Objective. To determine the etiology, laterality, and time to presentation of unilateral vocal fold paralysis (UVFP) at a tertiary care institution over 10 years. Study Design. Case series with chart review. Setting. Academic medical center. Subjects and Methods. All patients seen between 2002 and 2012 by the Department of Otolaryngology at the Washington University School of Medicine (WUSM), with a diagnosis of unilateral vocal fold paralysis, were included. Medical records were reviewed for symptom onset date, presentation date(s), and etiology of UVFP. Results. Of the patients, 938 met inclusion criteria and were included. In total, 522 patients (55.6%) had UVFP due to surgery; 158 (16.8%) were associated with thyroid/parathyroid surgery, while 364 (38.8%) were due to nonthyroid surgery. Of the patients, 416 (44.4%) had nonsurgical etiologies, 124 (13.2%) had idiopathic UVFP, and 621 (66.2%) had left-sided UVFP. The diagnosis was more common on the left side in cases of intrathoracic surgeries and malignancies, as expected, but also in idiopathic, carotid endarterectomy, intubation, and skull base tumors. In total, 9.8% of patients presented first to an outside otolaryngologist at a median time of 2.1 months after onset, but these patients presented to WUSM at a median time of 9.5 months. Overall, 70.6% of patients presented to a WUSM otolaryngologist within 3 months of onset. Conclusion. Iatrogenic injury remains the most common cause of UVFP. Thyroidectomy remains the leading cause of surgeryrelated UVFP. Patients are s typically seen within 3-4 months of onset; however, a significant delay exists for those referred to WUSM.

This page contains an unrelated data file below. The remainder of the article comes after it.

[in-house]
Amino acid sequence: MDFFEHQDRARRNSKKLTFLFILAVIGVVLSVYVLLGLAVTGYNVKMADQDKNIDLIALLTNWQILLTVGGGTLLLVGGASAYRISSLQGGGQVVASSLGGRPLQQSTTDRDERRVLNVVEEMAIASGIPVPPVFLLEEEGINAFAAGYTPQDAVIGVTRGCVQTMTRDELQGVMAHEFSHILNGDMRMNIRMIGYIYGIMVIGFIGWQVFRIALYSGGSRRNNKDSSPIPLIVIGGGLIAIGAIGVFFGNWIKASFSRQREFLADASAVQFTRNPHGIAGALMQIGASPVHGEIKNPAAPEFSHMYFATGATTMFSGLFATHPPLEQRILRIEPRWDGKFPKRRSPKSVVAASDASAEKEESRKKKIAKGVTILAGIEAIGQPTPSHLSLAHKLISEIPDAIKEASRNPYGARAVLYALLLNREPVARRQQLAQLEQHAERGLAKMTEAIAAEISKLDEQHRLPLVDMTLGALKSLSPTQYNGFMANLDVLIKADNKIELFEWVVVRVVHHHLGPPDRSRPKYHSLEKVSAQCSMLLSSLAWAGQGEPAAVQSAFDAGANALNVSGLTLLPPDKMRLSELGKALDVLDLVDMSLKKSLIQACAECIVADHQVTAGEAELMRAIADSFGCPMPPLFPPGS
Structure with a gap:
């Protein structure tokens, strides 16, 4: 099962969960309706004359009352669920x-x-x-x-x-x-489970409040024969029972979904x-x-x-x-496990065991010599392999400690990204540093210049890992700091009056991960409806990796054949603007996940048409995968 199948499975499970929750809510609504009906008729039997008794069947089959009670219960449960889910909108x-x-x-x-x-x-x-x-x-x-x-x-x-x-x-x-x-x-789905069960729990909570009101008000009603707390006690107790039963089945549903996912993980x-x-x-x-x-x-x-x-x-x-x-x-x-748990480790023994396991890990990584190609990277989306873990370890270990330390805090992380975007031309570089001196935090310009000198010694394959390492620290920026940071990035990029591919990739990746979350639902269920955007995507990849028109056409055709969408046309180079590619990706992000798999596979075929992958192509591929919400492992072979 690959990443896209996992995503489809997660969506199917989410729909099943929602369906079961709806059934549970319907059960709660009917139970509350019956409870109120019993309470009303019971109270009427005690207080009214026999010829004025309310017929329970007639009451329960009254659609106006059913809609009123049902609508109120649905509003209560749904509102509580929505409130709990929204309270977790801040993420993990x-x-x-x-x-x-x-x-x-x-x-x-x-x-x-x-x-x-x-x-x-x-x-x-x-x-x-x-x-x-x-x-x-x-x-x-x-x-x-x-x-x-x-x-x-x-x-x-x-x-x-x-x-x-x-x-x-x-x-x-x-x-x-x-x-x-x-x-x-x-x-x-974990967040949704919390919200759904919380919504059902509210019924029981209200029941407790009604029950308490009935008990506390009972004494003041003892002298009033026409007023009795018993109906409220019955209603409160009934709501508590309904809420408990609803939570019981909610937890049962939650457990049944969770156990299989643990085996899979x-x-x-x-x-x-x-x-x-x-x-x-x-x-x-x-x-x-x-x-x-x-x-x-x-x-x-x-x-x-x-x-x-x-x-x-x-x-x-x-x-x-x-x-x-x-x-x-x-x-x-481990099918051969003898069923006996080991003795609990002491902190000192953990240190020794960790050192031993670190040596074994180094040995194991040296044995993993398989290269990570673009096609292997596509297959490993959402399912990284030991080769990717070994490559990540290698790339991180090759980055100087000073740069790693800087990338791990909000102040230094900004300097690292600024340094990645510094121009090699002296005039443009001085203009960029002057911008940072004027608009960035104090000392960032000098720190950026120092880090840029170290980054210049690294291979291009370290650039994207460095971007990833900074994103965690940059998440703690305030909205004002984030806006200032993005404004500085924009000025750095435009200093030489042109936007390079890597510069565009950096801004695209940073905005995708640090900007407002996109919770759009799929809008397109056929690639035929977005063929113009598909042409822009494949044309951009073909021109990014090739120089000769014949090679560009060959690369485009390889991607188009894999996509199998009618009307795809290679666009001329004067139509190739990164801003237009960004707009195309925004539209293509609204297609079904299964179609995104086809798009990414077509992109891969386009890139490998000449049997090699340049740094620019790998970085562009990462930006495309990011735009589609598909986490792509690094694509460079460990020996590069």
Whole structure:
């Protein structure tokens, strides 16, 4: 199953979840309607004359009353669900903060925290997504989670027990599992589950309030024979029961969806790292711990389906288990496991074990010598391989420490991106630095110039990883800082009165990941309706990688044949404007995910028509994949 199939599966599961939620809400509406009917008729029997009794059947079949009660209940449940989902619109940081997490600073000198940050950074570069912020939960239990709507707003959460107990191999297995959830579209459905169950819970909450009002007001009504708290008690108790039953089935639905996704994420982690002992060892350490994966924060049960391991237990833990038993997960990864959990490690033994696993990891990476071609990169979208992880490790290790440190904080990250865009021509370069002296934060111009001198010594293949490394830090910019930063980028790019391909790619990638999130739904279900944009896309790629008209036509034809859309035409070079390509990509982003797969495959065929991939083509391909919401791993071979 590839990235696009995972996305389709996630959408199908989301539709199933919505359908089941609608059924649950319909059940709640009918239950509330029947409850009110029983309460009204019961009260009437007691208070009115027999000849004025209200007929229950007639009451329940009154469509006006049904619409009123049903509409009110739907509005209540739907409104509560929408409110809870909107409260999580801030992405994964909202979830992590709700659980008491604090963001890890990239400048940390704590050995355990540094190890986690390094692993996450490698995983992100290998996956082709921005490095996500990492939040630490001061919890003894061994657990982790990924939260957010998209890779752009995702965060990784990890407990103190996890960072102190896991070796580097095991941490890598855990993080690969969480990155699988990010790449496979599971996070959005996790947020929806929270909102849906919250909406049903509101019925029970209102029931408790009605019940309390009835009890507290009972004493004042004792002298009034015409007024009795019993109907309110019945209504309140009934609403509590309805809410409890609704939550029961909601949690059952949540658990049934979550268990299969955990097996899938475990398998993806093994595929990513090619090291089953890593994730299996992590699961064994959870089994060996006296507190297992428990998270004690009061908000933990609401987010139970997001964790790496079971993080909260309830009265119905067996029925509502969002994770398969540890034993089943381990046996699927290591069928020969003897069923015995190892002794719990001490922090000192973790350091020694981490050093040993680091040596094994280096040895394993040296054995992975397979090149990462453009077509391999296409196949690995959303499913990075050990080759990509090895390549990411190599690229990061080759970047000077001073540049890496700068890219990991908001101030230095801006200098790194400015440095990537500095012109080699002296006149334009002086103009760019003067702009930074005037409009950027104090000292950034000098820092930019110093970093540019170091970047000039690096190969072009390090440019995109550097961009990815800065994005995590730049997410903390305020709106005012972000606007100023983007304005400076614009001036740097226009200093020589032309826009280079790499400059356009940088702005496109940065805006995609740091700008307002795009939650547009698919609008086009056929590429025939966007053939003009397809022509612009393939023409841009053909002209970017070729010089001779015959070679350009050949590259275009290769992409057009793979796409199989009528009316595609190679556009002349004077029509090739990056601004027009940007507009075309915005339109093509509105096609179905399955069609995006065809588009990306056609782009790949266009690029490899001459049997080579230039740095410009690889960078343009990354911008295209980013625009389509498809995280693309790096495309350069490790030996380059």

|Number of pages||8|
|Journal||Otolaryngology - Head and Neck Surgery (United States)|
|State||Published - Aug 2014|
- vocal cord